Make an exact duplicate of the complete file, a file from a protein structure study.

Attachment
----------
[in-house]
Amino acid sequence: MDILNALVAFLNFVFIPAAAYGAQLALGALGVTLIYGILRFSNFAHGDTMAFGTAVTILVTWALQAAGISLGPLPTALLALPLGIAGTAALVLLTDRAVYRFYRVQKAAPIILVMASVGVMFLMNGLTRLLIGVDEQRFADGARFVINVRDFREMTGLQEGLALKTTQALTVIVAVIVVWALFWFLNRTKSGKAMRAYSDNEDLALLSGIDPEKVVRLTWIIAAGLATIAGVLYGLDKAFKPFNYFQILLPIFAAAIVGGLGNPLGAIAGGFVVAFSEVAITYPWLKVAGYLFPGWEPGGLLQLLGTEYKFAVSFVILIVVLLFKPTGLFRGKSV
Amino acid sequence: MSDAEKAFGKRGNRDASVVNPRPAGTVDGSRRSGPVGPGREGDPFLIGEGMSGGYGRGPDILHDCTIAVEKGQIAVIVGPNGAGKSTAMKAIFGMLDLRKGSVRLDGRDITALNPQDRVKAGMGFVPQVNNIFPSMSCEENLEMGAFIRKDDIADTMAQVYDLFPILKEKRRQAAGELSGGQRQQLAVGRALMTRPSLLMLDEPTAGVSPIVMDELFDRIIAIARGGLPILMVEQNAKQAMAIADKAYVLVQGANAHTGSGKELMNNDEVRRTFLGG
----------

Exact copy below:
[in-house]
Amino acid sequence: MDILNALVAFLNFVFIPAAAYGAQLALGALGVTLIYGILRFSNFAHGDTMAFGTAVTILVTWALQAAGISLGPLPTALLALPLGIAGTAALVLLTDRAVYRFYRVQKAAPIILVMASVGVMFLMNGLTRLLIGVDEQRFADGARFVINVRDFREMTGLQEGLALKTTQALTVIVAVIVVWALFWFLNRTKSGKAMRAYSDNEDLALLSGIDPEKVVRLTWIIAAGLATIAGVLYGLDKAFKPFNYFQILLPIFAAAIVGGLGNPLGAIAGGFVVAFSEVAITYPWLKVAGYLFPGWEPGGLLQLLGTEYKFAVSFVILIVVLLFKPTGLFRGKSV
Amino acid sequence: MSDAEKAFGKRGNRDASVVNPRPAGTVDGSRRSGPVGPGREGDPFLIGEGMSGGYGRGPDILHDCTIAVEKGQIAVIVGPNGAGKSTAMKAIFGMLDLRKGSVRLDGRDITALNPQDRVKAGMGFVPQVNNIFPSMSCEENLEMGAFIRKDDIADTMAQVYDLFPILKEKRRQAAGELSGGQRQQLAVGRALMTRPSLLMLDEPTAGVSPIVMDELFDRIIAIARGGLPILMVEQNAKQAMAIADKAYVLVQGANAHTGSGKELMNNDEVRRTFLGG